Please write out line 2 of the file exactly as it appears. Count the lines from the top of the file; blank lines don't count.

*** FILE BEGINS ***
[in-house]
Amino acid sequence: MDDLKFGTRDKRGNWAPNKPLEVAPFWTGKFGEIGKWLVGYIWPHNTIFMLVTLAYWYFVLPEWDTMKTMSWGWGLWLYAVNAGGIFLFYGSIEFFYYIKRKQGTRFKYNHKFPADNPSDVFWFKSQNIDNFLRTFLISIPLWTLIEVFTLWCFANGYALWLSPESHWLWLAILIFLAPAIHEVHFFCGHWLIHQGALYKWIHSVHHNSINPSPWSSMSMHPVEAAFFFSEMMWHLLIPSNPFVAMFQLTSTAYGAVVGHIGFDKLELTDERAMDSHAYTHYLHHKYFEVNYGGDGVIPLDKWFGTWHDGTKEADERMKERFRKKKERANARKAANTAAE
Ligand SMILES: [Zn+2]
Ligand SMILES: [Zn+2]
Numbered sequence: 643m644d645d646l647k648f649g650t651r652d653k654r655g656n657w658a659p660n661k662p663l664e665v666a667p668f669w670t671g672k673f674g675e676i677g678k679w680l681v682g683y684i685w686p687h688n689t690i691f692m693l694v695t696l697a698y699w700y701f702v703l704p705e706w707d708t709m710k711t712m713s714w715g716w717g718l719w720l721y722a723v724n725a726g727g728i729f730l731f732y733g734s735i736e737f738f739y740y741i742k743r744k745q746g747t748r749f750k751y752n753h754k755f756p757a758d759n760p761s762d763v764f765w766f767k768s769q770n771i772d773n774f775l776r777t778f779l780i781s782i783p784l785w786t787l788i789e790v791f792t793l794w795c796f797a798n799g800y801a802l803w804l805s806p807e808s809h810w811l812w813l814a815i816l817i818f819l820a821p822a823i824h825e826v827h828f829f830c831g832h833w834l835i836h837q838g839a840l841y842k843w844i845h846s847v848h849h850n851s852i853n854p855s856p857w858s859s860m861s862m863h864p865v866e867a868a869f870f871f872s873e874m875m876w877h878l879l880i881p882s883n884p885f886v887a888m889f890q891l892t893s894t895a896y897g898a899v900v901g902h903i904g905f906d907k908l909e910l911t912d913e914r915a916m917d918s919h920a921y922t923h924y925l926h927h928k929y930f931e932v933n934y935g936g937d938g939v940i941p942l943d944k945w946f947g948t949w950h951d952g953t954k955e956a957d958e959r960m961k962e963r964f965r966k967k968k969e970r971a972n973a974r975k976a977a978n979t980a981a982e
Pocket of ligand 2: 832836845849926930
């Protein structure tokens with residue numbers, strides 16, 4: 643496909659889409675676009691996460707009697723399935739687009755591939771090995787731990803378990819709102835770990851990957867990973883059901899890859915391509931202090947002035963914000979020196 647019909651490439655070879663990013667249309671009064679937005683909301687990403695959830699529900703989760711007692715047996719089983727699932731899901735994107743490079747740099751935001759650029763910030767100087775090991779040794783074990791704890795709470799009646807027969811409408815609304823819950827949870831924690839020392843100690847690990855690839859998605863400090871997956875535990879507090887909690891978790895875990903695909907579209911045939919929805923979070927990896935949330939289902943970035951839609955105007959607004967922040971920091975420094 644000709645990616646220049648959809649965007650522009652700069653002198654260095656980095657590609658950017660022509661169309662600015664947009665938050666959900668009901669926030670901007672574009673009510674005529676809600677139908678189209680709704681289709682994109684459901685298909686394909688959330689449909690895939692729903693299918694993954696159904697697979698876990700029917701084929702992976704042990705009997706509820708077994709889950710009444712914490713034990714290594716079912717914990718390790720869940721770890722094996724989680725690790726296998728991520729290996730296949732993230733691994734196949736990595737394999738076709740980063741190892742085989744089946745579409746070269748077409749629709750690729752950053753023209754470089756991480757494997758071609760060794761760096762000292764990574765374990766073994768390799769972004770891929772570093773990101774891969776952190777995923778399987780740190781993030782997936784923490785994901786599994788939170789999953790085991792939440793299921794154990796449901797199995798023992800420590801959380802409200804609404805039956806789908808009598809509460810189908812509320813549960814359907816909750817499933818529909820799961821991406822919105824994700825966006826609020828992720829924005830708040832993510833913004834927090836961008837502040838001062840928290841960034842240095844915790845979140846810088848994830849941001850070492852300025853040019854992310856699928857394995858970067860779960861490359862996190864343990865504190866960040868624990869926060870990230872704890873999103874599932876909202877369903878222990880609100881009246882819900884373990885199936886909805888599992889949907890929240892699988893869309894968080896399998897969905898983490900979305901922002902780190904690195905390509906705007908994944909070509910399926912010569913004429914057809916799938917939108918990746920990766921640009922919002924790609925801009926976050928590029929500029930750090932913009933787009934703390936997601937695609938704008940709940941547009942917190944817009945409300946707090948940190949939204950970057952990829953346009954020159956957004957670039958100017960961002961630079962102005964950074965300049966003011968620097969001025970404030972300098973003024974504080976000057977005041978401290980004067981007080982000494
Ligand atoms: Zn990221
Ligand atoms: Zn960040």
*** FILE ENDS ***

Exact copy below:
Amino acid sequence: MDDLKFGTRDKRGNWAPNKPLEVAPFWTGKFGEIGKWLVGYIWPHNTIFMLVTLAYWYFVLPEWDTMKTMSWGWGLWLYAVNAGGIFLFYGSIEFFYYIKRKQGTRFKYNHKFPADNPSDVFWFKSQNIDNFLRTFLISIPLWTLIEVFTLWCFANGYALWLSPESHWLWLAILIFLAPAIHEVHFFCGHWLIHQGALYKWIHSVHHNSINPSPWSSMSMHPVEAAFFFSEMMWHLLIPSNPFVAMFQLTSTAYGAVVGHIGFDKLELTDERAMDSHAYTHYLHHKYFEVNYGGDGVIPLDKWFGTWHDGTKEADERMKERFRKKKERANARKAANTAAE